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The Future of the High Street

Published: 10/10/2022 By Ricky Sodha

The High Street, like all sectors of the economy, has been impacted by the COVID pandemic, Brexit and the conflict in Europe, which has led to lower footfall, higher prices, and staff shortages leading to an increase in the number of vacant shops.

However, the High Street is more than simply retail - it provides restaurants and pubs, private sector housing, offices, and a wide variety of service-based businesses, such as banks and building societies, dentists and hairdressers.

The Government is tackling this ongoing problem through the creation of the Department for Levelling Up, Housing and Communities. There are examples of local initiatives being put in place by councils. For example, many local authorities have created Business Improvement District (BID) schemes, where a levy of between 1% and 4% of the rateable value of the business premises is charged to fund improvements in town centres.

The Decline of the High Street

Prior to the pandemic, there were ongoing systemic reasons for the increase in the number of vacancies in many UK high streets.

  • The increase in online shopping and banking. In May 2022, internet sales made up 26.6% of all official retail sales, compared with 19.7% in February 2020.
  • Based on hypothetical rental values, higher business rates are a significant cost to the retailer and have not declined in line with the fall in rents. 
  • With inflation at a 40-year high, consumers are becoming more cautious about their spending.
  • Many high streets have become unattractive and poorly maintained, with a lack of diversity in the shops on offer. Many high streets have lost independent retailers, banks and post offices, and are dominated by cafes and charity shops.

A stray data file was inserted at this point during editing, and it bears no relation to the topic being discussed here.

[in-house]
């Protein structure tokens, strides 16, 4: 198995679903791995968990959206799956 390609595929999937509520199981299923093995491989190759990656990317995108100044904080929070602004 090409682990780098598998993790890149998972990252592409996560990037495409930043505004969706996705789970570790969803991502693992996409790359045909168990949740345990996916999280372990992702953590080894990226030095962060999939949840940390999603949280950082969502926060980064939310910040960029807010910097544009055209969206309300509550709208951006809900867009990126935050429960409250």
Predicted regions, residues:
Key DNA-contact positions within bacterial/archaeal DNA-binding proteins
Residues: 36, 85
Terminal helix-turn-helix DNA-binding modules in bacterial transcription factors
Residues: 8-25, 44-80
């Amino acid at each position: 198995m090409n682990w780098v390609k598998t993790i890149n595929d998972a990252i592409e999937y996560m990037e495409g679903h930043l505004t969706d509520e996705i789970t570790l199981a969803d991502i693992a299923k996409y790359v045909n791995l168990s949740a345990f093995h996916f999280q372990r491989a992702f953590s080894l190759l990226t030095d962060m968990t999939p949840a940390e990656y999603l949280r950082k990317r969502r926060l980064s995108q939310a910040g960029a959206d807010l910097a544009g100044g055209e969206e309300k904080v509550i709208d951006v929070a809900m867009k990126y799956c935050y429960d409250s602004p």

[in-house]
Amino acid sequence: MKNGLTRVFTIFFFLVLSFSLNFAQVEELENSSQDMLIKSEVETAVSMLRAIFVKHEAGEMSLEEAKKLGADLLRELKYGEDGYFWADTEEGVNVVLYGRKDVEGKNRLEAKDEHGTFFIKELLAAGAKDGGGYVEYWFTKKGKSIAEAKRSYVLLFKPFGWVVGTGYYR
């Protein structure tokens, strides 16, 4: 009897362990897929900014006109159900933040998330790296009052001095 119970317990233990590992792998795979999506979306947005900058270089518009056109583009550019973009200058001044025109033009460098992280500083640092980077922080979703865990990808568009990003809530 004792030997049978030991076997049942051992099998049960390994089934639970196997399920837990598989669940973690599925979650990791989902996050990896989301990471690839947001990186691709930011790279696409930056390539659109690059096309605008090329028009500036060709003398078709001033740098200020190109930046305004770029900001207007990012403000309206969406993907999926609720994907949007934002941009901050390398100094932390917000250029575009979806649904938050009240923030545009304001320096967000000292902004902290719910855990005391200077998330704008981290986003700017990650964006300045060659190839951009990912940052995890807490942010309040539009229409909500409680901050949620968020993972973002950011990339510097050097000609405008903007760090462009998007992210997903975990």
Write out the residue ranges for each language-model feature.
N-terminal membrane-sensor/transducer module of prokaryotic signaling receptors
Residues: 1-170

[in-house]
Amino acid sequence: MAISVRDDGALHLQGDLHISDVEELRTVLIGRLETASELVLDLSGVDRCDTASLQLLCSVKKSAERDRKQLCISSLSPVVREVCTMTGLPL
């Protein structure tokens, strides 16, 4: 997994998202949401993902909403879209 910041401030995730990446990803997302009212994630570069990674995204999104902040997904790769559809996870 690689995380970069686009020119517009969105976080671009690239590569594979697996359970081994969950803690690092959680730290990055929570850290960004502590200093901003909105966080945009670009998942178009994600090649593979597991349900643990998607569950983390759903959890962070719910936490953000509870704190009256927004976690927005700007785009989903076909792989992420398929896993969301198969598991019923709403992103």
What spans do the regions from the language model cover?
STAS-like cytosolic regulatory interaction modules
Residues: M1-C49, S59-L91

• The rise of ‘dark’ stores which are mini-satellite stockholding locations for online retailers.


What is the solution?

The Department for Levelling Up, Housing and Communities is responsible for turning round the decline in the high street. With the recent change in the prime minister and the Cabinet reshuffle, it is uncertain whether the proposals made in the Levelling Up White Paper will be kept in their entirety. The three main initiatives are:
  1. The High Streets strategy which makes it easier to convert empty shops into new uses, such as homes, and grant the automatic right for restaurants, cafes and public houses to offer al fresco dining and takeaways.
  2. Temporary business rates relief of £1.7billion, covering 400,000 retails, leisure and hospitality properties until the end of 2023. This and the 5-year freeze in the business rates multiplier will ensure all ratepayers receive a tax cut.
  3. High Streets Task Force: initially, 84 local authorities will be helped with planning and design.

The regeneration of the high street is not only the remit of the government but also the local community. Power to Change, a not-for-profit organisation funded by the National Lottery in 2015, aims to “take back the high street” by:
  • establishing a High Street Buyout Fund to purchase important empty buildings to hold until communities are ready to use them long-term. 
  • creating a Community Right to Buy, offering communities sufficient time to raise funds.
  • expanding Community Improvement Districts.

The What Works Centre for Local Economic Growth provides evidence-based research to support the government, local authorities, communities and business owners so that any plans for improving the high street are effective.

In summary:

High streets are an essential part of economic growth; a thriving town centre which attracts visitors is good for the community. Ensuring vacant properties can be occupied by a variety of retailers, businesses and community groups is a challenge recognised by both the public and private sectors. There is the will to change, with plans and legislation in progress to support the goals, but only time will tell if these initiatives will make the differences that lead to a thriving local economy.